Tuesday, February 8, 2011

Frank Delaney's "The Matchmaker of Kenmare": Book Review

This sequel to "Venetia Kelly's Traveling Show" (see my review) continues Ben McCarthy's search for his disappeared wife, combining this quest with his companionship of the titular character, Kate Begley. She's inherited her mother's skill of matchmaking, and matches made and the difficulty that Ben shares with Kate over their own intimate alliances comprises the theme of their adventure during the later part of WWII. Being both from officially neutral Ireland, their own political identity allows them to enter the battlegrounds of Western Europe, three times, as they seek Kate's own lost love and encounter the tensions of what neutrality demands from the pair.

Delaney teaches writing and he knows how to tell a good story. The title and cover make this seem like a light romance, but it's realistic and often sobering. He avoids sentiment and prefers understatement, while conveying a subtle mystery about Kate and her needle that locates lost people that parallels the curious nature of Venetia's articulations from her ventriloquized dummy, Blarney, that ran counter to the expected tone of his previous novel's plot. Here as in that book, there's hints of folklore that emerge, as in the "night of the wolf," that deepen the resonance of events. Delaney depicts the darker side of violence, whether in a sudden bombing of a village party, the shock of firearms, the lust for revenge, that overtakes otherwise sensible people caught up in private wars as well as world ones. He enriches Ben with a depth that he expresses naturally, and this novel reads smoothly, as if told by the teller as is the conceit, and fluently.

This novel's about obsession, of pursuit of a vanished partner. This unites Kate and Ben, awkwardly but firmly, across the three years of this story.  Ben tells the tale to his children, as a very old man. His idealism and his pain combine as he explains his decisions back then to them now. He was employed by the Irish government to collect folktales told by rural folk. His mentor taught him "that if you can tell yourself your own life story as though it were a legend, you can cure many of your ills."

Without divulging too much, the fringes of the war as seen by Ben and Kate show Delaney's skill; he integrates enough of the horror to plunge you in to the mayhem, but he sparingly relates the scenes so as to maximize their impact without exploiting the situations. One of Ben's first glimpses of the front as the Germans keep retreating: "a white pony sprawled in the road, his stomach burst like a rotten fruit; a headless black and white cow; three sheepdogs lying dead side by side on the street, as though they had a suicide pact."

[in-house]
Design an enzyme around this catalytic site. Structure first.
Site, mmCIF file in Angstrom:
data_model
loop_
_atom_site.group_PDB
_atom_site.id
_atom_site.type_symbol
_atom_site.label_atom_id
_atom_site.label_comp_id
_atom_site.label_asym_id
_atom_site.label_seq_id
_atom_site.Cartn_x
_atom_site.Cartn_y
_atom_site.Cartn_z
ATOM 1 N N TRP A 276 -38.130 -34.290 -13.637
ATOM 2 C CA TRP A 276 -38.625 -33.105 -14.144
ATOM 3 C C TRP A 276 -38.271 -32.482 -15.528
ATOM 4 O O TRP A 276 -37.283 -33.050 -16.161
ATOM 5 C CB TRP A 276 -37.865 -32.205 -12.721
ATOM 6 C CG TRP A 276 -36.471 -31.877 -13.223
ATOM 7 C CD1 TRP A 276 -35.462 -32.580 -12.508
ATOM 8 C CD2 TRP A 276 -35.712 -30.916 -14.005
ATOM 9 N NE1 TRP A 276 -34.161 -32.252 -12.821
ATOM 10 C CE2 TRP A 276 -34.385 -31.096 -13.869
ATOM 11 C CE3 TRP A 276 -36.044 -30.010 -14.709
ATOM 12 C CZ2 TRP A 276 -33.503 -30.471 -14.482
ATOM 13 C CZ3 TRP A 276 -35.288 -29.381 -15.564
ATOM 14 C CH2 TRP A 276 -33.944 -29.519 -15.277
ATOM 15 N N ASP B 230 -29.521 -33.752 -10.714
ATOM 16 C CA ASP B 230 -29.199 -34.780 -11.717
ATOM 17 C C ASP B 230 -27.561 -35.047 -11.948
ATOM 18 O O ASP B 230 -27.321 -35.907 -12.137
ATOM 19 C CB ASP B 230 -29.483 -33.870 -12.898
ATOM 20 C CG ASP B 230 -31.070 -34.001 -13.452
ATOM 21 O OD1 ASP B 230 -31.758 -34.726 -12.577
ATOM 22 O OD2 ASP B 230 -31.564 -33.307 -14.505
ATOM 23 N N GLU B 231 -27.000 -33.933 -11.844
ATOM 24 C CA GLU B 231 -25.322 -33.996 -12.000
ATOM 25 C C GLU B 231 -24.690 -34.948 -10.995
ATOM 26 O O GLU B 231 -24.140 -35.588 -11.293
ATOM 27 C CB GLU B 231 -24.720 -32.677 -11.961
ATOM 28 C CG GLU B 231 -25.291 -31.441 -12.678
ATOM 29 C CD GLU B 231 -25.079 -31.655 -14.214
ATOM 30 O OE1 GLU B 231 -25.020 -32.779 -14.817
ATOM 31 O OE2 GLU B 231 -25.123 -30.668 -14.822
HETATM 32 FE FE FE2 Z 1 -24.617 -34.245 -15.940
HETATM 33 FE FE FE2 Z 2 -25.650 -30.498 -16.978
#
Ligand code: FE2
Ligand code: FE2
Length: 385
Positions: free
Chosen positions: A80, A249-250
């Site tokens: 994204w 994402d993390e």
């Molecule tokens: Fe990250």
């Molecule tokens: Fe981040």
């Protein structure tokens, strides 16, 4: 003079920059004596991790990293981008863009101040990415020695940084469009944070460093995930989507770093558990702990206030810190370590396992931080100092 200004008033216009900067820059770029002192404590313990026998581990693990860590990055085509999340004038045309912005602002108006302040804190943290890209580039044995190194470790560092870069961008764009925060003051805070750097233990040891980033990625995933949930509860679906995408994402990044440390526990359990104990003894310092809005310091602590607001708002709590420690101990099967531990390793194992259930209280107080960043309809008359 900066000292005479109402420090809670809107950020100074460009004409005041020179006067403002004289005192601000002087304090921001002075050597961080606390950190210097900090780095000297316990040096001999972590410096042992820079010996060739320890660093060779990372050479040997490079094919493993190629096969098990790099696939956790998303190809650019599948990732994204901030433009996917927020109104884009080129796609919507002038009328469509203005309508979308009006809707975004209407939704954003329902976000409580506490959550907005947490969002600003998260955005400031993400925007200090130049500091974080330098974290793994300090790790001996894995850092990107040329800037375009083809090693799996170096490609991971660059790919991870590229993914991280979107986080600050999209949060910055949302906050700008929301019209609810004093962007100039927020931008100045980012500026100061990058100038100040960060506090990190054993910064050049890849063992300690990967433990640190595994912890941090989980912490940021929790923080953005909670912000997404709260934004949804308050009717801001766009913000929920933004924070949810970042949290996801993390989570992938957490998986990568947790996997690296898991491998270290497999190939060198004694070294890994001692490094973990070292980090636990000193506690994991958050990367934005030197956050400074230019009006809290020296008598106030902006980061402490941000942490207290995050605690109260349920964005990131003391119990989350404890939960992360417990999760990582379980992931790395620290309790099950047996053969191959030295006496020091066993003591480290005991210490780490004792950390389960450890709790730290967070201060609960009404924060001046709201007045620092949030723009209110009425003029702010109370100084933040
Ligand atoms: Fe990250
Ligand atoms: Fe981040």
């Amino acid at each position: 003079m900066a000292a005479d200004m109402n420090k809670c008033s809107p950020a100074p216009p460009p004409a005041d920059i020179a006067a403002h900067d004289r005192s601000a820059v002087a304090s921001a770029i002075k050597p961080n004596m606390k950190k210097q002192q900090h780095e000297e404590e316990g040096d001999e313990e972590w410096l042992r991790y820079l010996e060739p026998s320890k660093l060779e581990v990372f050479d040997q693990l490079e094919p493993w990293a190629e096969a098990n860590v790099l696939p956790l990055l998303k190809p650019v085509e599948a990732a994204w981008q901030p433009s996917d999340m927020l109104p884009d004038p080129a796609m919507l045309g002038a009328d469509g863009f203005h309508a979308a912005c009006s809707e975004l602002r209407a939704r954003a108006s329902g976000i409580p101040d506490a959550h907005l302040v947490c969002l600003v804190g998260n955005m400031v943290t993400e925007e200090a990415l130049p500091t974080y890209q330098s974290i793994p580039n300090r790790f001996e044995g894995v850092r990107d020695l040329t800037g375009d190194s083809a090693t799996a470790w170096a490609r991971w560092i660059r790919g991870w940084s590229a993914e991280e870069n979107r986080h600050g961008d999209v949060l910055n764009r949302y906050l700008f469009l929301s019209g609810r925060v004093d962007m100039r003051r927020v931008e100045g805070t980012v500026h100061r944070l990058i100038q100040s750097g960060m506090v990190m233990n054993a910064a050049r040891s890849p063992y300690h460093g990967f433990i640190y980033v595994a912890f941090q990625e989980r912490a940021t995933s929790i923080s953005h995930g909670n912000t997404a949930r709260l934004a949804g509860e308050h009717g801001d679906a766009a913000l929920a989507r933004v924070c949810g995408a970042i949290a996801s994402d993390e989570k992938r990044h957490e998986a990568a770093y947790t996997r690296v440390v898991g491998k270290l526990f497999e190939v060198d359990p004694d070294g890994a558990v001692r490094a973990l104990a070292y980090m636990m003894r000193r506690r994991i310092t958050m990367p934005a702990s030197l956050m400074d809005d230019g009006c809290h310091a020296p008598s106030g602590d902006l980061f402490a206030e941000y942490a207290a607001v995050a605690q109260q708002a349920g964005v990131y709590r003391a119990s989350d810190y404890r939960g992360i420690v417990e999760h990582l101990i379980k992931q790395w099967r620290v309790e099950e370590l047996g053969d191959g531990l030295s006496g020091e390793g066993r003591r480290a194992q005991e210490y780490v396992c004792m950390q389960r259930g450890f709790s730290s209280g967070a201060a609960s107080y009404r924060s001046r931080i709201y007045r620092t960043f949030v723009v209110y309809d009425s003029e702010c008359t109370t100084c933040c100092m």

He keeps an eye, from his officially neutral but secretly conniving pair of main characters, on humanity as it's warped and beaten down. As Ben helps Kate in her quest, his own recedes, under the pressure of WWII. They return to the battle front, unbelievably to Ben as well as both Nazis and Allies, to hunt for her vanished husband: "What did I find? If I expected water, I found blood. If I expected a soft breath, I found a gale. If I expected a mourner, I found a dervish."

Their neutral status allows Delaney a fresh perspective from which to view conflict, especially as the Irish people had emerged recently from their own bloody battles against first the British (why the Irish Free State chose neutrality is explained deftly) and then between themselves. Ben learns from his rare perspective from both sides in the war: "Enemies are natural creatures, like friends or lovers or couples." But not all are enemies, he finds. The novel does veer sharply in mood under mercurial Ben and determined Kate, and once in a while even if Ben explains the logic or the emotion why for these shifts, the plot does swerve, as perhaps life does with its own sudden shocks.

Late in this wide-roaming plot, Ben sums up what his search for his own lover has become: "I might be about to travel across America with a darling giraffe, a charming little pink pig, a fat man with a pigtail and no other hair of any kind, and" Kate "who could tell the future and find missing people using a needle, thread, and a map." Even in the closing scenes, it seems Ben cannot let go of his search for Venetia, while the affection Delaney shares for the quirks of traveling shows makes me wonder if even more can become a third novel.
(Posted to Amazon US 2-8-11 & Lunch.com 2-20-11)

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